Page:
|By G. Michael Dobbs|
SPRINGFIELD – The Pioneer Valley is known for its many accomplishments in technology, but it has also been fertile ground for what was once described by ring announcers as the “sport of kings,” and perhaps no one knows more about the history of professional wrestling here than Tom Burke.
Burke, wrestling historian, writer and author will present a talk on “The History of Professional Wrestling in Pioneer Valley” on Aug. 13, at Sal’s Bakery and Cafe, 513 Belmont Ave. at 7 p.m. The talk is free.
Burke said that his interest in professional wrestling came in 1959 when he attended his first match. He told Reminder Publications he never would have thought his once casual interest would evolve into a lifetime interest.
Publishing his own wrestling newsletter and writing a one-shot comic book on the lives of wrestlers from the 1950s and 1960s are just a few of his activities within the sport.
Burke’s home is filled with his large collection of wrestling memorabilia including photos, posters and many more items.
He said in the 1970s he was able to form friendships with the late Walter “Killer” Kowalski, the Hart family and Bull Curry, all of whom recognized his passion for wrestling.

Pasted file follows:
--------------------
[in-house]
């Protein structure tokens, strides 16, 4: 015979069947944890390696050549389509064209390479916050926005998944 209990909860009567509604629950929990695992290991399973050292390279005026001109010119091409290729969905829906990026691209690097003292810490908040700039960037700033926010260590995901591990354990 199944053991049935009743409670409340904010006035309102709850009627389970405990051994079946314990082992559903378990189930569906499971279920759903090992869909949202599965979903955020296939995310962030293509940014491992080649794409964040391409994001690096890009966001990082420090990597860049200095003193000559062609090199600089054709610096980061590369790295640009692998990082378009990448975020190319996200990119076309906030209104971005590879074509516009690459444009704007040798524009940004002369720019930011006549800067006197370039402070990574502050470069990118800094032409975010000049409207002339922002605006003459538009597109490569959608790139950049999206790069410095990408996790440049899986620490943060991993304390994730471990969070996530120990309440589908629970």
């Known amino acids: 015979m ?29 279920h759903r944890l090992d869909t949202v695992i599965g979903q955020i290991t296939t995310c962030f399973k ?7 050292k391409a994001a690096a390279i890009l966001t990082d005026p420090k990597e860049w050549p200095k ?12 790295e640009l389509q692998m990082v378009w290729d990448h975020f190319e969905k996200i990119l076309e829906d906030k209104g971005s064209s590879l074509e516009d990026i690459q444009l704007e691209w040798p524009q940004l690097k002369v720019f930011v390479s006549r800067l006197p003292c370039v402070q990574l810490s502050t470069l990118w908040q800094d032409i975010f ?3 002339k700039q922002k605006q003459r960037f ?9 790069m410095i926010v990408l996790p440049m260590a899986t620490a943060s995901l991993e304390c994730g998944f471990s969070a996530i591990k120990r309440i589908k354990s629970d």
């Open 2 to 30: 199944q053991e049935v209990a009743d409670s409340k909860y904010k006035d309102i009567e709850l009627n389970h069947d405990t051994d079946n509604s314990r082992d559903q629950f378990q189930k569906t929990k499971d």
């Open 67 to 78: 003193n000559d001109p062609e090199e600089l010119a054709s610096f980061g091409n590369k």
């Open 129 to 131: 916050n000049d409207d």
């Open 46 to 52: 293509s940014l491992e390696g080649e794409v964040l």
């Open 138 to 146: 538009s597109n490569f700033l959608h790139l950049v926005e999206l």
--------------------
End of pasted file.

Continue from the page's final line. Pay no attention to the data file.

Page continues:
“By getting to know the guys and them getting to know me, I built up their respect,” Burke said. “I was always trying to build up the sport.”
His presentation will focus on many of the historical notes of professional wrestling in the Valley. Talking to Burke he quickly reeled off a number of interesting stories about wrestling in the area including a Catholic priest from Holyoke who wrestled under a mask locally until his superiors in the church asked him to stop. He added that Springfield College has produced professional wrestlers including current favorite John Cena.
He will also relate the story of South Hadley’s Steven Opalenick, who wrestled in the 1940s as a “heel” under the names of Steve Brady and Steve Brody but died a hero in World War II.
He said he would reveal the sport’s origins in the region at the turn of the 20th century and how wrestling was almost banned in Springfield and how it was banned at the Eastern States Exposition.
Burke said he is a friend with Salvatore Circosta, the owner of Sal’s Bakery and Cafe who regularly presents Tuesday evening discussion on local issues and history. Circosta asked Burke to put together a presentation on what Burke described as “odd and ends” of local wrestling history.
“It’s been all fun,” Burke said of his avocation.
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